Triangulation Chess Tactic

Triangulation is a chess tactic that is used to gain a tempo by moving the king to a different square and then back to its original position. This tactic is often used to gain a tempo in endgame positions, where every move counts and can make a difference in the outcome of the game.

The idea behind triangulation is to create a zig-zag pattern with the king, allowing the player to gain a tempo by moving the king to a different square and then back to its original position, while also avoiding any checks or captures from the opponent. For example, if a king is on a square where it can be captured by a rook, the player can move the king to a safe square and then back to its original position, gaining a tempo in the process.

Triangulation can also be used to gain a tempo in positions where a player is trying to win a pawn or create a passed pawn. By moving the king to a different square and then back to its original position, the player can gain a tempo and create a passed pawn, which can be a decisive factor in the endgame.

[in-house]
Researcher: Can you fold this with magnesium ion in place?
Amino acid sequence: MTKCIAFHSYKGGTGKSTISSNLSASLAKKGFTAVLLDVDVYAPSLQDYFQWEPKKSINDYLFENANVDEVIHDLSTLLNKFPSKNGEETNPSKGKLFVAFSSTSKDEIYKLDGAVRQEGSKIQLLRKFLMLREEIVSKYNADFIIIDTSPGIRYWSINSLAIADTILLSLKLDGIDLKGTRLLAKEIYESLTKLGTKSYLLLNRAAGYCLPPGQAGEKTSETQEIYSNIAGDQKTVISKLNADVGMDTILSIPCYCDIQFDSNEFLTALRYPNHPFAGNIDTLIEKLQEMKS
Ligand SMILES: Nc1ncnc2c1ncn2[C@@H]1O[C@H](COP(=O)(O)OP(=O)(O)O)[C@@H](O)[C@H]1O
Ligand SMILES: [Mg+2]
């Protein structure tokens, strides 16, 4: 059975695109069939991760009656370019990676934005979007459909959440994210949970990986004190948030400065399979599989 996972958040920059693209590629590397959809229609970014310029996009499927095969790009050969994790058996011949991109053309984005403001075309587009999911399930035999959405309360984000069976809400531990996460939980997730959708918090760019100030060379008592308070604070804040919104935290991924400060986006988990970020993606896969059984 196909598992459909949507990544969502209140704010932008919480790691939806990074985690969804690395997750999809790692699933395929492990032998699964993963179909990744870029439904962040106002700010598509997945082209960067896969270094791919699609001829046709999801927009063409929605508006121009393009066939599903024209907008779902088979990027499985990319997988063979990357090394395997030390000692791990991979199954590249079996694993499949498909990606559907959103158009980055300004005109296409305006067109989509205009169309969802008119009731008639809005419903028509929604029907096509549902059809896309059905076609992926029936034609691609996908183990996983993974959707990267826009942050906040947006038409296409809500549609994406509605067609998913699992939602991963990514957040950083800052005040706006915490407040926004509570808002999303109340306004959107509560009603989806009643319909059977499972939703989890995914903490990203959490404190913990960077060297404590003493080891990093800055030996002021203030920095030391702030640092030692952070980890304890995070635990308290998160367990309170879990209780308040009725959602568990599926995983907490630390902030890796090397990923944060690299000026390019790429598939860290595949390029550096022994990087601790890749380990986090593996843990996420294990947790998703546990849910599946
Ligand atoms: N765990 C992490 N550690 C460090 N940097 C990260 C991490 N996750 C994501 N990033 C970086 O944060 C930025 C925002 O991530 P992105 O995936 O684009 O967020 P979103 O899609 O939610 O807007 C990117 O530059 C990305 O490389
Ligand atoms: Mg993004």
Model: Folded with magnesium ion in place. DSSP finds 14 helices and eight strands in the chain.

Another use of triangulation is to gain a tempo in the endgame by moving the king to a different square and then back to its original position, while also avoiding any checks or captures from the opponent. For example, if a king is on a square where it can be captured by a rook, the player can move the king to a safe square and then back to its original position, gaining a tempo in the process.

Triangulation was first used in the 19th century by players like Paul Morphy, Wilhelm Steinitz and José Raul Capablanca. They were known for their exceptional endgame skills, and the use of triangulation was one of the key elements that set them apart from other players.

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